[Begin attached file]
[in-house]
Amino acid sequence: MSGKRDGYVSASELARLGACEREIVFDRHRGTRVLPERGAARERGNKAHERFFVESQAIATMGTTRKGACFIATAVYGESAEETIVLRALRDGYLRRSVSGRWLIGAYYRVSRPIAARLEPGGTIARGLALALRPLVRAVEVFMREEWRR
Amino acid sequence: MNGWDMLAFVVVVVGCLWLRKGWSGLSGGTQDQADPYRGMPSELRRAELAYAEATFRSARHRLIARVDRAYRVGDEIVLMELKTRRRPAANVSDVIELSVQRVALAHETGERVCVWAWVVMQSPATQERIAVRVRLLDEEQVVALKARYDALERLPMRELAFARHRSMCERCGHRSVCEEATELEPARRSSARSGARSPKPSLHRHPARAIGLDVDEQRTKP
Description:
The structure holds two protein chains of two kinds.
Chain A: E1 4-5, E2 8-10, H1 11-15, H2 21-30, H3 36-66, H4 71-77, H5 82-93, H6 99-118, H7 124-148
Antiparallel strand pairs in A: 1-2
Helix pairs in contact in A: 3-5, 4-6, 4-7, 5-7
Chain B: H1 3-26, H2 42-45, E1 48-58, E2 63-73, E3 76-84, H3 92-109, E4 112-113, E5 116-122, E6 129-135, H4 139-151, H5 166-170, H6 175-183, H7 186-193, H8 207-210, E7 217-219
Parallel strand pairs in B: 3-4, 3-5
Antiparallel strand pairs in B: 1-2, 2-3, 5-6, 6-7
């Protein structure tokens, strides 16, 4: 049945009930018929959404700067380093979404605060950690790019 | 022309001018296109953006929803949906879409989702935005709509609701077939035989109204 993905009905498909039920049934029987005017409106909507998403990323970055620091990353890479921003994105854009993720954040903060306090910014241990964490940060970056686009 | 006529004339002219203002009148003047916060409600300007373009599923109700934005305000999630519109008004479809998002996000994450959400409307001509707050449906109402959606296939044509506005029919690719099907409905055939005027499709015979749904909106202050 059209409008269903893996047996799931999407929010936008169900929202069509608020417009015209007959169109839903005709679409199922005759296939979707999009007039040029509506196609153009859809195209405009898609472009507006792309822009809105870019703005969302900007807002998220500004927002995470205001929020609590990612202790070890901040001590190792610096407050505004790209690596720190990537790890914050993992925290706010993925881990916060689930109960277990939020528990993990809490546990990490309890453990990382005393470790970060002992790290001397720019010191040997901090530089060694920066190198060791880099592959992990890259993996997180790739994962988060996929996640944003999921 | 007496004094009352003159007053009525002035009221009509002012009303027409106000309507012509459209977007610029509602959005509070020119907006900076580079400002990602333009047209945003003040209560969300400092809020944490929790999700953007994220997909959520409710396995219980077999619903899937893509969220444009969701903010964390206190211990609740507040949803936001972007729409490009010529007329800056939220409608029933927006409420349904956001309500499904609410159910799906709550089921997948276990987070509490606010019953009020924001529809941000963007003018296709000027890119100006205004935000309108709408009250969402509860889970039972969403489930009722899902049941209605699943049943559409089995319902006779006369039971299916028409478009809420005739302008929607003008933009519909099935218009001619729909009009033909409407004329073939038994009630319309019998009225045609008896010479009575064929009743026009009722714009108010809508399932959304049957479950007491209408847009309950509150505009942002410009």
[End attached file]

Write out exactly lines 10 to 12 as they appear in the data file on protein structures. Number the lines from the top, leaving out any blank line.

Parallel strand pairs in B: 3-4, 3-5
Antiparallel strand pairs in B: 1-2, 2-3, 5-6, 6-7
């Protein structure tokens, strides 16, 4: 049945009930018929959404700067380093979404605060950690790019 | 022309001018296109953006929803949906879409989702935005709509609701077939035989109204 993905009905498909039920049934029987005017409106909507998403990323970055620091990353890479921003994105854009993720954040903060306090910014241990964490940060970056686009 | 006529004339002219203002009148003047916060409600300007373009599923109700934005305000999630519109008004479809998002996000994450959400409307001509707050449906109402959606296939044509506005029919690719099907409905055939005027499709015979749904909106202050 059209409008269903893996047996799931999407929010936008169900929202069509608020417009015209007959169109839903005709679409199922005759296939979707999009007039040029509506196609153009859809195209405009898609472009507006792309822009809105870019703005969302900007807002998220500004927002995470205001929020609590990612202790070890901040001590190792610096407050505004790209690596720190990537790890914050993992925290706010993925881990916060689930109960277990939020528990993990809490546990990490309890453990990382005393470790970060002992790290001397720019010191040997901090530089060694920066190198060791880099592959992990890259993996997180790739994962988060996929996640944003999921 | 007496004094009352003159007053009525002035009221009509002012009303027409106000309507012509459209977007610029509602959005509070020119907006900076580079400002990602333009047209945003003040209560969300400092809020944490929790999700953007994220997909959520409710396995219980077999619903899937893509969220444009969701903010964390206190211990609740507040949803936001972007729409490009010529007329800056939220409608029933927006409420349904956001309500499904609410159910799906709550089921997948276990987070509490606010019953009020924001529809941000963007003018296709000027890119100006205004935000309108709408009250969402509860889970039972969403489930009722899902049941209605699943049943559409089995319902006779006369039971299916028409478009809420005739302008929607003008933009519909099935218009001619729909009009033909409407004329073939038994009630319309019998009225045609008896010479009575064929009743026009009722714009108010809508399932959304049957479950007491209408847009309950509150505009942002410009």